On March 22, 2023, the European Commission (“Commission”) presented its proposal for a Directive on substantiation and communication of explicit environmental claims (“Proposed Green Claims Directive”). The Proposed Green Claims Directive is intended to work in tandem with the Commission’s 2022 Proposal for a Directive empowering consumers for the green transition through better protection against unfair practices and better information (“Proposed Greenwashing Directive”). Both Proposed Directives are intended to contribute to the EU’s green transition towards a circular, climate-neutral and clean economy by enabling consumers to make informed purchasing decisions based on reliable information about the sustainability of products and traders. In particular, the Proposed Green Claims Directive would create a common methodology for substantiating green claims about the environmental footprint of products, services and companies and require companies making environmental claims to secure a certification of compliance from an independent national “verifier.”
As part of “A Green Deal Industrial Plan for the Net Zero Age” to respond to the US Inflation Reduction Act (IRA) (see our alert), the European Commission (the “Commission”) adopted on 9 March 2023 its Temporary Crisis and Transition Framework for State Aid measures to support the economy following the aggression against Ukraine by Russia (the “TCTF”). The text amends the Temporary Crisis Framework last amended on 28 October 2022 (see our blog).
These are the three most important things you need to know about the TCTF:
- To avoid that an investment would be located outside the European Economic Area (EEA), EU countries may support investments in the manufacturing of relevant equipment for the transition towards a net-zero economy, such as batteries, solar panels, wind turbines, heat pumps, carbon capture usage and storage (CCUS), as well as their key components and critical raw materials necessary for their production. They may even grant aid matching foreign subsidies to support those investments, provided that they are located in the poorer areas of the EU.
- EU countries’ possibilities to grant aid for accelerating the rollout of renewable energy are extended to any renewable technologies, including hydropower, and no longer require a bidding process to select the aided projects that are considered as less mature.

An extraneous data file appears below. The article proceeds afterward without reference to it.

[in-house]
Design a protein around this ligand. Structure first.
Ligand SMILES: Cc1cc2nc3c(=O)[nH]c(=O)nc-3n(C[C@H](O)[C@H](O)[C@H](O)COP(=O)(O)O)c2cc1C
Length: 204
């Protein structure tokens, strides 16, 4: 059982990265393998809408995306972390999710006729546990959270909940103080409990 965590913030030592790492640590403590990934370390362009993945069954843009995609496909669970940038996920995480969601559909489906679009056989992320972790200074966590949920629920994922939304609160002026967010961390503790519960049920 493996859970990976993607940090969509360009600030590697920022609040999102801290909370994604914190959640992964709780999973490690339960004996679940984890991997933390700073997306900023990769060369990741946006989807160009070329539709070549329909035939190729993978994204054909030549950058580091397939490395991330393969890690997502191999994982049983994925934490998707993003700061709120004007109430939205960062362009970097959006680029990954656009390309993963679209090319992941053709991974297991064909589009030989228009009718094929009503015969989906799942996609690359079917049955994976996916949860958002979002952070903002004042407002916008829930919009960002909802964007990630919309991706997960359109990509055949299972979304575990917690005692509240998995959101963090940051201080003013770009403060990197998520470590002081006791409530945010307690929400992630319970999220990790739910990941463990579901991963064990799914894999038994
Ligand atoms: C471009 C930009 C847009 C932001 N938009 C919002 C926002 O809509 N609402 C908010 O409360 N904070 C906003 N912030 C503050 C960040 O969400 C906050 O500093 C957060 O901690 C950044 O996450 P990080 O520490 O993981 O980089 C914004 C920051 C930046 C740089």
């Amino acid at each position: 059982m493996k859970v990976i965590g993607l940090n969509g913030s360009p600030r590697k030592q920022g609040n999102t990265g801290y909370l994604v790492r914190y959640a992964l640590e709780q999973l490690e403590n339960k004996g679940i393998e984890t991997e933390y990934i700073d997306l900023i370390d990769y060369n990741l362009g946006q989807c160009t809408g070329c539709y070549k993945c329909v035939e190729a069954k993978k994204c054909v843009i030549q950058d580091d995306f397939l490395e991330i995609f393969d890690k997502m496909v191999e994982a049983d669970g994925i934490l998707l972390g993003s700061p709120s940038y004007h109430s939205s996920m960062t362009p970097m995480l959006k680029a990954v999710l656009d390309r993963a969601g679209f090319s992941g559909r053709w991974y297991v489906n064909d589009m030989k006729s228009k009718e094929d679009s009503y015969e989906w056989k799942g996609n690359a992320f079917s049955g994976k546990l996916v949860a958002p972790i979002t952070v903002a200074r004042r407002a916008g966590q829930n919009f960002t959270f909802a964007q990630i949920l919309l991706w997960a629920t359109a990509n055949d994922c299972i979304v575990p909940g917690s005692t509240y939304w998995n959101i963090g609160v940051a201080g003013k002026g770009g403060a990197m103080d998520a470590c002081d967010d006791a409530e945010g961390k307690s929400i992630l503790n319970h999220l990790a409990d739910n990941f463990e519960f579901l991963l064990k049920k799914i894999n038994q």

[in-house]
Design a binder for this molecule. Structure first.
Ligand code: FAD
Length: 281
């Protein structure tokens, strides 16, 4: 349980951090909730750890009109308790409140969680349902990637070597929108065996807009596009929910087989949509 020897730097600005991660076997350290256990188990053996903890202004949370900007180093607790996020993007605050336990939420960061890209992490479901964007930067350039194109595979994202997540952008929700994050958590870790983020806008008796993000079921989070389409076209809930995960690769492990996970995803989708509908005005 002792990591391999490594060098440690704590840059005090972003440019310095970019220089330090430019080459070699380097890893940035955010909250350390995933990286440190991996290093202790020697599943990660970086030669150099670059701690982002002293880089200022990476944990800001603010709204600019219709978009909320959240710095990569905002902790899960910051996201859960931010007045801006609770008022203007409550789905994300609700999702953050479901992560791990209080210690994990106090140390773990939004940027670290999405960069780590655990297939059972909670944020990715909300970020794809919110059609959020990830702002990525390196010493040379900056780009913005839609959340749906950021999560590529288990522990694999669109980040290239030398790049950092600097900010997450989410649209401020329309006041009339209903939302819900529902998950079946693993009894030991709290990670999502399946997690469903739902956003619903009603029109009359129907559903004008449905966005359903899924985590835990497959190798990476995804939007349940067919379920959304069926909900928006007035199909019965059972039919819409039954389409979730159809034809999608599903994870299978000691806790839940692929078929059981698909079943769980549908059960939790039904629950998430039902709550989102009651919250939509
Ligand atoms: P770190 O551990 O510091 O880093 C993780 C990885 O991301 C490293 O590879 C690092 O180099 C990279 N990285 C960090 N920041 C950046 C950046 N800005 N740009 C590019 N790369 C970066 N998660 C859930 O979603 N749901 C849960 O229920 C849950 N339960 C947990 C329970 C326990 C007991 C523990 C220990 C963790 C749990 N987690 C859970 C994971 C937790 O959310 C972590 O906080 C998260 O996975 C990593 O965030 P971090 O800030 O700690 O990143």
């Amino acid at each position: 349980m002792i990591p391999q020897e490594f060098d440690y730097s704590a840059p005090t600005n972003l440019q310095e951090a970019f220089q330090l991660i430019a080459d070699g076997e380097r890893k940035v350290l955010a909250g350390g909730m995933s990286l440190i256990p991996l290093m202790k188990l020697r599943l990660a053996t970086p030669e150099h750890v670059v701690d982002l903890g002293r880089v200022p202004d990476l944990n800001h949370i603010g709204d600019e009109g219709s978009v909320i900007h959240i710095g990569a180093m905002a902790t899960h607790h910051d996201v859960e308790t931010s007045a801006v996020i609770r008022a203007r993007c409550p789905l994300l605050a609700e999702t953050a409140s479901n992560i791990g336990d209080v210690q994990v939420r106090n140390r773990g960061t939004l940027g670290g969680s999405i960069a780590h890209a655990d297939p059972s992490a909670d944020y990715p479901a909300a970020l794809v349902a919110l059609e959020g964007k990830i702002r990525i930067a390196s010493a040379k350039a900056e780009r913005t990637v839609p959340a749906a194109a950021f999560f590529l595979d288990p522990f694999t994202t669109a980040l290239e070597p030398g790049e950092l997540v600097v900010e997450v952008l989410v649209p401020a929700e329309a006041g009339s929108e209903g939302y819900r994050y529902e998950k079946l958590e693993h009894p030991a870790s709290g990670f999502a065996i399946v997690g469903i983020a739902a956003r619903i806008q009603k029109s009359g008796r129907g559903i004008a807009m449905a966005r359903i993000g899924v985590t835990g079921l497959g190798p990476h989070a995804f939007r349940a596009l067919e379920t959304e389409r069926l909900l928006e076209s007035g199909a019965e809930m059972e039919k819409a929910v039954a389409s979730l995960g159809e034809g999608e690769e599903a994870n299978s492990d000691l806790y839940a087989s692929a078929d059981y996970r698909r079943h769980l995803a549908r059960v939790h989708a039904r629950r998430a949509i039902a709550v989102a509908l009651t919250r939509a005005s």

- The TCTF is not a subsidy program, and it is up to EU Member States to provide public funding.
The European Union (“EU”) is coming closer to adopting mandatory rules for companies that use carbon credits.
- First, the European Parliament and Council are considering for adoption a Commission for a Regulation on a Carbon Removal Certification Framework (“CRCF Regulation Proposal”).
- Second, the European Commission (“Commission”) is in the process of adopting standards (the so-called “ESRS”) for the EU’s mandatory ESG reporting regime—the Corporate Sustainability Reporting Directive (“CSRD”)—that will also cover disclosures on companies’ use of carbon credits (including as emission offsets) and their quality.
These two regulatory initiatives are closely tied to each other. In effect, the draft ESRS that the Commission is considering for adoption require subject entities to disclose GHG removals and GHG mitigation projects financed through carbon credits.
The EU’s aim of regulating carbon credits coincides with its push for carbon neutrality by 2050, and a related significant proliferation of companies publicly committing to achieve “net-zero” emissions by mid-century, which has triggered an uptick in strategic purchases of carbon credits in the voluntary carbon market (“VCM”). The CRCF Regulation Proposal and the upcoming ESRS will help to expand sustainable and verified carbon removals and encourage investment in technological innovation.
Companies turning to the VCM to reach their net zero goals, and others active in the generation, trading, and use of carbon credits, will want to follow these initiatives closely. Opportunities remain for companies to express views that may shape the final contours of these regulations.…
The EU’s Green Deal Industrial Plan for the Net-Zero Age
The US Inflation Reduction Act (the IRA) has raised concerns in the EU about the potential impact on international investment – particularly the possibility that such investment will be pulled into the US, rather than directed to the EU and may encourage ‘green industries’ to relocate production to the US. The EU has been working on an appropriate response that would increase the attractiveness of the EU as a green investment destination without breaching either WTO rules or its own State Aid rules.…
The European Parliament and Council are about to adopt an agreed text on a Regulation on Batteries and Waste Batteries (“Sustainable Batteries Regulation” or “SBR”) that will impose a broad range of requirements on the safety, sustainability and circularity of batteries, including batteries that are part of devices (e.g., laptop batteries), industrial batteries (e.g., large stationary storage applications) and means of transport batteries (e.g., car batteries), as well as extended producer responsibility obligations (including waste take back) on producers marketing them. The SBR is likely to be published in the official journal of the EU within the next couple of months and will repeal and replace the existing EU Directive on Batteries and Waste Batteries.
This post outlines the specific removability and replaceability requirements that the SBR will impose on portable batteries and light means of transport (“LMT”) batteries (e.g., batteries for electric bicycles) marketed in the EU/EEA as of around September/October 2026. The new requirements will oblige producers of appliances to introduce design changes to their appliances and the batteries they incorporate. Moreover, clarifying the details of such requirements is likely to create much controversy and debate among the European Commission, Member States and other stakeholders within the next two years. In effect, the SBR leaves it to the Commission to adopt guidelines interpreting the different removability and replaceability requirements.